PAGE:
Yet there are dozens, perhaps hundreds, of low cost quality knives made by major manufacturers that work so well they become the favorites of those that carry them. A knife doesn't have to be expensive or forged out of unobtanium to be effective. It just has to work well.
One knife that has emerged as one of my favorites is a simple $20 knife from Buck. The BuckLite Max model 482.
|BuckLite Max 482. This is the medium model - my favorite.|
I like is so much I had C.J. and Chuck Buck sign the blade
at the 2012 Blade Show.
Why does it work so well for me? For my daily needs it is the perfect combination of size, weight, blade shape and features. This knife has been in my pocket almost continuously for the past year. All other lockback folders I've tested for daily use have fallen by the wayside, mainly because of weight, size or blade shape issues. Here in the deep South, when you are wearing lightweight shorts during the extended hot summers you do not need or want a heavy, overly large blade in your pocket.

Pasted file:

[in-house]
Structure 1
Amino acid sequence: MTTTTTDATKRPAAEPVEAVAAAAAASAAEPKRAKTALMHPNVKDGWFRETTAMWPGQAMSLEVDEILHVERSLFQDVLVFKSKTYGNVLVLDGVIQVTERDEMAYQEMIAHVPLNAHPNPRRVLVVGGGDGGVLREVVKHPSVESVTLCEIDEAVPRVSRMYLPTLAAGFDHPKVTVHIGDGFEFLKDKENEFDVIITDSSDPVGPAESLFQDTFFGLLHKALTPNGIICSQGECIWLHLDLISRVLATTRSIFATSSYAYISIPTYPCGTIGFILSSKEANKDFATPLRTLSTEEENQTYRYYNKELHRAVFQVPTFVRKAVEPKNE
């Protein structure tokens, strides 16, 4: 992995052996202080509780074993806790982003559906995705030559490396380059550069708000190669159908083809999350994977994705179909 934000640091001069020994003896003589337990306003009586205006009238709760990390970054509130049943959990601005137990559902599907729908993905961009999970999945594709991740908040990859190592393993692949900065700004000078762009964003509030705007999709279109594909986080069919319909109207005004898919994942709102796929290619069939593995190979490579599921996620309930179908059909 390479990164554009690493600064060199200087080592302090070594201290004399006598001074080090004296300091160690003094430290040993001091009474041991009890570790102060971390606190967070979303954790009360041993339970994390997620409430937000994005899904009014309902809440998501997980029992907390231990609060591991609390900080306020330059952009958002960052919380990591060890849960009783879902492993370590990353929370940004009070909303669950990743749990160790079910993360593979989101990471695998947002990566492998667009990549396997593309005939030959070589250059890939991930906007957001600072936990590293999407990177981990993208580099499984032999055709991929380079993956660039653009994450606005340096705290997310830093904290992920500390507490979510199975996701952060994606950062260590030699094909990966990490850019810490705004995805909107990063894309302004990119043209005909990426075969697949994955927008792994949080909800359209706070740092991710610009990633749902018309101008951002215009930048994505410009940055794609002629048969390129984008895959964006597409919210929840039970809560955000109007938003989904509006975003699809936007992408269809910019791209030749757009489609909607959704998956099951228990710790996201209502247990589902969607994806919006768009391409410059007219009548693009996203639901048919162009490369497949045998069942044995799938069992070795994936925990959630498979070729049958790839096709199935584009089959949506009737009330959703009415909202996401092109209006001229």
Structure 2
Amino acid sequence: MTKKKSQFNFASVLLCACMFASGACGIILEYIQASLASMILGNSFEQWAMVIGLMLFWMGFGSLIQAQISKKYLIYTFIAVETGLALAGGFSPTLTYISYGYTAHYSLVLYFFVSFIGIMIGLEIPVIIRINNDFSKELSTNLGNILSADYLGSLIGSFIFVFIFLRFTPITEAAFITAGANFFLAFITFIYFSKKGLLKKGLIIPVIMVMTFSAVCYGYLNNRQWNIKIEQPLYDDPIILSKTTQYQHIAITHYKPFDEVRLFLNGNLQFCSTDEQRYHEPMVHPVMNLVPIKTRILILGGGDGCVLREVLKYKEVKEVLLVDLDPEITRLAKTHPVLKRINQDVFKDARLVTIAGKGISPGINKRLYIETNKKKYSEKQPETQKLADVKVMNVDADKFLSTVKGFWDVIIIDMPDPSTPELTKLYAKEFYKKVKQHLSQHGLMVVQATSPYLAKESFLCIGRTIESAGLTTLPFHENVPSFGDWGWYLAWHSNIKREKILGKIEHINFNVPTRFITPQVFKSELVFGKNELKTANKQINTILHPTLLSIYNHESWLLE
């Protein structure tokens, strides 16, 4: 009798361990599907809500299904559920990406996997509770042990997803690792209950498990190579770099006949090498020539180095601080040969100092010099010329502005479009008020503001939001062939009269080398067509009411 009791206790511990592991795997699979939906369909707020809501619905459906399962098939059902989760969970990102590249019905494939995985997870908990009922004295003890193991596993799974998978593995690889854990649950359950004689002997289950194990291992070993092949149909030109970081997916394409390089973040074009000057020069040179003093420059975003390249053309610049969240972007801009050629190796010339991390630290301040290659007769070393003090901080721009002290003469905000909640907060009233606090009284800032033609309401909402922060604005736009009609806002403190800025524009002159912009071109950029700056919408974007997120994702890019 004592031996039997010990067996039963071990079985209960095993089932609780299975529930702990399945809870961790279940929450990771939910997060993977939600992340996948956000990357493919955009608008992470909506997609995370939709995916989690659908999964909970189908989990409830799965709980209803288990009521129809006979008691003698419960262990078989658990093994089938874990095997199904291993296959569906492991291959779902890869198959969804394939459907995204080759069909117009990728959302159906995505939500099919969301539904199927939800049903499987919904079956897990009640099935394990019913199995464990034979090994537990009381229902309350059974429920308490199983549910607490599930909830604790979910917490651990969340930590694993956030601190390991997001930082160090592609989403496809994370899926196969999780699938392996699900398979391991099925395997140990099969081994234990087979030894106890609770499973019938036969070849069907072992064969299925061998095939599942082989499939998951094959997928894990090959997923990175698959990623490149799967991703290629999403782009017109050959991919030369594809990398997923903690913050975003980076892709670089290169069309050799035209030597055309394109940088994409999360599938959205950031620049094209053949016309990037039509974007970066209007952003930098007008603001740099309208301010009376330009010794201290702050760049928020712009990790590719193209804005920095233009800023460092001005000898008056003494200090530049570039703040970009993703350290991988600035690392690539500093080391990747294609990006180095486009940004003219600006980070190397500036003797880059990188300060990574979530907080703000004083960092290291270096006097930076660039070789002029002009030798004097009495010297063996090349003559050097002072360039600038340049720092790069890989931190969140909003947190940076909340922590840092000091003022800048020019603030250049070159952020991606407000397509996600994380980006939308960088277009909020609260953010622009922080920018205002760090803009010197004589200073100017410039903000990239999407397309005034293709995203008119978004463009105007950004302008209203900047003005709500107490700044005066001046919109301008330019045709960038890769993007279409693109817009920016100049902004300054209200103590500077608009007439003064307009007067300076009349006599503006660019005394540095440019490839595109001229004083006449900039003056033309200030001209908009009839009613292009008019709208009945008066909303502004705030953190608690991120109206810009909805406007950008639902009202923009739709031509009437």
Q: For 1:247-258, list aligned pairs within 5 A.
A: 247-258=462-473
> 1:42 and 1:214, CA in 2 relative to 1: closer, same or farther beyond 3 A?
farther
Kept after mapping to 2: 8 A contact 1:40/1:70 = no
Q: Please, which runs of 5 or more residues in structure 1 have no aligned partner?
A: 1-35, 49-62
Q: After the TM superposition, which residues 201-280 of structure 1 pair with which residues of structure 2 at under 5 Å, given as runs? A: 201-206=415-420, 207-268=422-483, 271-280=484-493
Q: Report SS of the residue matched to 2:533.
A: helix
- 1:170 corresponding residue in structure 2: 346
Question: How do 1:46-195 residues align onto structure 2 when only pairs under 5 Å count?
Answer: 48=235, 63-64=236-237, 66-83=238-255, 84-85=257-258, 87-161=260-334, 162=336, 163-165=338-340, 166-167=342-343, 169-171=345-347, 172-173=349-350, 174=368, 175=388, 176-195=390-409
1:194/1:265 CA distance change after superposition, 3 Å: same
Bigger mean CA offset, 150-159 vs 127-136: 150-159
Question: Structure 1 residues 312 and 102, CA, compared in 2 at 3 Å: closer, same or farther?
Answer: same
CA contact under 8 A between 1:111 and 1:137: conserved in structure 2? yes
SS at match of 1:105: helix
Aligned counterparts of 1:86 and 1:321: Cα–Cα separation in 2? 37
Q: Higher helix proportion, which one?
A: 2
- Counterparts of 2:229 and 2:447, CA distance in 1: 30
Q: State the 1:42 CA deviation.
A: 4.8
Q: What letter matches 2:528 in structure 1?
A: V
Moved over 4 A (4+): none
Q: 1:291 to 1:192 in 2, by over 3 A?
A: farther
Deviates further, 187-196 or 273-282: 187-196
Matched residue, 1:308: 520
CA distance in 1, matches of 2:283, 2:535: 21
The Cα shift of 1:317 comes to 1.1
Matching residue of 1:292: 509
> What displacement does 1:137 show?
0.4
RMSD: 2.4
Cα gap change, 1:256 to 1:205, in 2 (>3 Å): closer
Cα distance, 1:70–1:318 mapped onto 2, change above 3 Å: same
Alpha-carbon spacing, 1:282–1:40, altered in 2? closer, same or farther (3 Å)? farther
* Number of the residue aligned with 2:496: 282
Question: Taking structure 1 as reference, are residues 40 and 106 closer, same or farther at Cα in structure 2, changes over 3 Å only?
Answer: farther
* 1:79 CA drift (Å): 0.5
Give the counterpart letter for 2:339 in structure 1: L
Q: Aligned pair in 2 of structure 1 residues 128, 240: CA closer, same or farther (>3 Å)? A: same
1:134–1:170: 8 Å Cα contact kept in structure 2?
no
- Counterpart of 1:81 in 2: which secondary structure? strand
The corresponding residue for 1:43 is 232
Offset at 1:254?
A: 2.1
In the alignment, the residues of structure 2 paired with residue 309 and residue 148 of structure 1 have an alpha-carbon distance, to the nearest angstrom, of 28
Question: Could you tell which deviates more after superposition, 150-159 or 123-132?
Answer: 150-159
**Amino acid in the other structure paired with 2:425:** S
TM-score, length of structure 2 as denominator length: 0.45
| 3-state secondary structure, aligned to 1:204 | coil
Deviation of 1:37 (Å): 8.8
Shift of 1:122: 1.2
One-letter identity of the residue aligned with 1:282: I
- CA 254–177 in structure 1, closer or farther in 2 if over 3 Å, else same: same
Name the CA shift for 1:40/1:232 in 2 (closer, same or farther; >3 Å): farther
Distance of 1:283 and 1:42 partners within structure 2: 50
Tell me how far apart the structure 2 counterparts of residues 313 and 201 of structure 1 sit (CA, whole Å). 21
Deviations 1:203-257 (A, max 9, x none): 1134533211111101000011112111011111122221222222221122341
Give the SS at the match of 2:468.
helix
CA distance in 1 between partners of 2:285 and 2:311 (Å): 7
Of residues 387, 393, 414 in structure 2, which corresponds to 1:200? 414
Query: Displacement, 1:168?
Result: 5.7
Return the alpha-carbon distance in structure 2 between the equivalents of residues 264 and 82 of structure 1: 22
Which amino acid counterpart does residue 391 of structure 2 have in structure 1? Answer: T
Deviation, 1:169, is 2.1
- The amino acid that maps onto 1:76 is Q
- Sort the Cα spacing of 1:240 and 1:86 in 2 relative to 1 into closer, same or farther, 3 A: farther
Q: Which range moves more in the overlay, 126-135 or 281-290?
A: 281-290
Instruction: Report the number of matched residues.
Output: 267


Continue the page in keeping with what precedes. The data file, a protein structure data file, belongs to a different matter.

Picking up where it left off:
What keeps the weight down is the knife's simplicity of construction. It is just two glass reinforced nylon handle scales mated to a blade. There are no handle liners or bolsters to add weight. Of course the blade lacks the sophisticated pivot support found in more expensive (and heavier) folding knives. This makes the knife, in theory, less rugged and more prone to breakage under heavy use. Again, in theory. In a year of use I have had no problem with this knife blade loosening around the pivot pin. Of course I don't abuse it. If I've got to do some cutting that will put a lot of torque on the knife handle I'll go get a fixed blade knife.
No, you won't be able to pry your way out of an armored personnel carrier with this knife, but for general cutting chores it's just about perfect. For a mere $20 (eBay vendor price) it can't be beat.